If you put an average Canadian and an average American in the same room, you may not pick up on the subtle differences between their accents—especially if the American was from one of the northern states near the Canadian border—like Wisconsin, Michigan, and Minnesota—where Americans tend to emphasize their vowels. However, if you take a closer listen to these two English dialects from neighboring countries, you’d be surprised to find out that they have quite a few differences in their use of the English language.
You may notice that Canadian English prefers to use “ou” in words like “humour” and “behaviour” as well as flipping the American use of “er” to “re” in certain words like “theatre” and “centre.” Canada isn’t alone in preferring these spellings. British spellings of these words are taught across most of the world.
Another difference between American English and Canadian English is in how each adds suffixes to words. Canadians prefer to use double consonants, while Americans keep their consonants single. For example, Canadians will turn “travel” into “travelled,” but Americans will use “traveled” instead.
Units of measurement
The United States uses its own customary system of units. Canada, like most of the world, officially uses the metric system.
That does not, however, always transfer into practice, especially in everyday conversation. For example, many Canadians still prefer to announce their baby’s weight in pounds, rather than kilograms, and Canadian dealerships may advertise a car’s miles per gallon, even though their speed-limit signs are in kilometers per hour.
We cannot discuss the difference between American and Canadian English without touching on question tags. Like nearly all languages across the world, Canadians and Americans both use question tags. However, Canadians tend to endure more flak for theirs. Canadians can turn any statement into a question by adding the question tag “eh.” As in: “Making hamburgers for dinner, eh?”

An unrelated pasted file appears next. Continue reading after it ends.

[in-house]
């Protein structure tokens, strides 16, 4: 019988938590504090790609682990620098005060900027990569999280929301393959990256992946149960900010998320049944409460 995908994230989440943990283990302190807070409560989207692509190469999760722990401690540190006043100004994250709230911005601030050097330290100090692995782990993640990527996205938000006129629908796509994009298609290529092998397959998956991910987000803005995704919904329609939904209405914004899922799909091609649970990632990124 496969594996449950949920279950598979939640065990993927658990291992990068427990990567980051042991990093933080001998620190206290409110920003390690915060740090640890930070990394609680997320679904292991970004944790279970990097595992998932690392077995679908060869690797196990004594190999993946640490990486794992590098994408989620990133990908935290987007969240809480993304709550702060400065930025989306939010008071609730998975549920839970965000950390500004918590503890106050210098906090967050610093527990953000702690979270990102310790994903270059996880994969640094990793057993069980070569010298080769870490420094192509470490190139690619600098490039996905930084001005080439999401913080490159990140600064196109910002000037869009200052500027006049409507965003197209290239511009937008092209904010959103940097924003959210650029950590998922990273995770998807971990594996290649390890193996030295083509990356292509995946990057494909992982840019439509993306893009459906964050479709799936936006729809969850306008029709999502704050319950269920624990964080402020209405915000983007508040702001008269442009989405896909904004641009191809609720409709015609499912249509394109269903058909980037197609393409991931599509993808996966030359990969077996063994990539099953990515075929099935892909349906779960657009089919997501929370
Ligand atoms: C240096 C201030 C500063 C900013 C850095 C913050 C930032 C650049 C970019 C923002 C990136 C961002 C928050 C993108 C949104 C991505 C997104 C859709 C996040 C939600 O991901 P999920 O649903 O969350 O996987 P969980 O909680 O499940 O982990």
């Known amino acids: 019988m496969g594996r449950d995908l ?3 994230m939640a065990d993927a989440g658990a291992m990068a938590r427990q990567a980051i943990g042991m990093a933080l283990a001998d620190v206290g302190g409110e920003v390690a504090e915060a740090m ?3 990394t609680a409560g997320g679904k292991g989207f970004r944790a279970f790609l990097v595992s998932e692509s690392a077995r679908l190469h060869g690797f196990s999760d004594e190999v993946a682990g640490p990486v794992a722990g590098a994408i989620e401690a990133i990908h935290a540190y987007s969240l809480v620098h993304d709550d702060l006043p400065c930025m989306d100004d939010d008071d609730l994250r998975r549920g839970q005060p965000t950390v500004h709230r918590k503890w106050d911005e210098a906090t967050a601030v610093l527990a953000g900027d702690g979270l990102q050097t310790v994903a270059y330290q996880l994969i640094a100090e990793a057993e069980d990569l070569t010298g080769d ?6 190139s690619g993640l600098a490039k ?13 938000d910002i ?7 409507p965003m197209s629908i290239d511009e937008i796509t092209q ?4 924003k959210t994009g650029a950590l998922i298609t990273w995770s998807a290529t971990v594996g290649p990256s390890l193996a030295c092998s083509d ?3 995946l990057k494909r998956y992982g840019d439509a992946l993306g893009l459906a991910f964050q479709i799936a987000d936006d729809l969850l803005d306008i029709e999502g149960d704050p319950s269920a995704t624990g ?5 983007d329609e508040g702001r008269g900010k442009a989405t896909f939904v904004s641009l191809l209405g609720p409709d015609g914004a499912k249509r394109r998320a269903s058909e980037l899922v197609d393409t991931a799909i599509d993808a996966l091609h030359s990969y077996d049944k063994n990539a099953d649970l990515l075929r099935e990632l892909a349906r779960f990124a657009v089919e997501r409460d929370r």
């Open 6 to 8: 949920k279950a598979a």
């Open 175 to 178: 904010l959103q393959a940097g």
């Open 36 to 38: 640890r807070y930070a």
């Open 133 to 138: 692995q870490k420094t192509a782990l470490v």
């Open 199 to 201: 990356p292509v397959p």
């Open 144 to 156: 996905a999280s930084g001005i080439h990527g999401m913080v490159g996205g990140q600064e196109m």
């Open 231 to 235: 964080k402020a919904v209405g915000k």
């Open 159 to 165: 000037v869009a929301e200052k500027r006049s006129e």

Americans often do this same thing by adding a casual “huh” or “right” to the end of sentences. Maybe these dialects aren’t so different, huh?
Though Americans and Canadians easily understand one another, there are a few vocabulary differences that cause some confusion. For example, a Canadian acquaintance puts on runners while an American one prefers to use sneakers. Americans may be surprised that, when a Canadian friend talks about paying their hydro bill, they mean their electric bill. If you find yourself in Canada around Victoria Day, expect to see Canadians celebrating with 2-4s, which references a 24-pack of beer.
It’s worth a mention that, though American and Canadian currency are both counted in dollars, they each refer to their currency in slang terms using animals native to their respective countries. Canadians have given their bird-adorned coins fun nicknames: loonies (single-dollar coins). However, if you’re in the United States, single-dollar notes are often referred to as bucks; some historical accounts explain this may have referenced how buckskins were once a form of currency.
It’s important to note that both English and French are listed as official languages of Canada; some parts of Canada mainly use Canadian French. Surprisingly, this hasn’t affected Canadian English much outside of those regions. Even within those areas, its influence is limited to personal preference.
Canadian English and American English are both considered phonologically North American English, meaning that they are difficult to tell apart—some would even say they’re indistinguishable. However, if you spend time listening to these two dialects, you’ll find that there are actually quite a few delightful differences beyond accents. How about that, eh?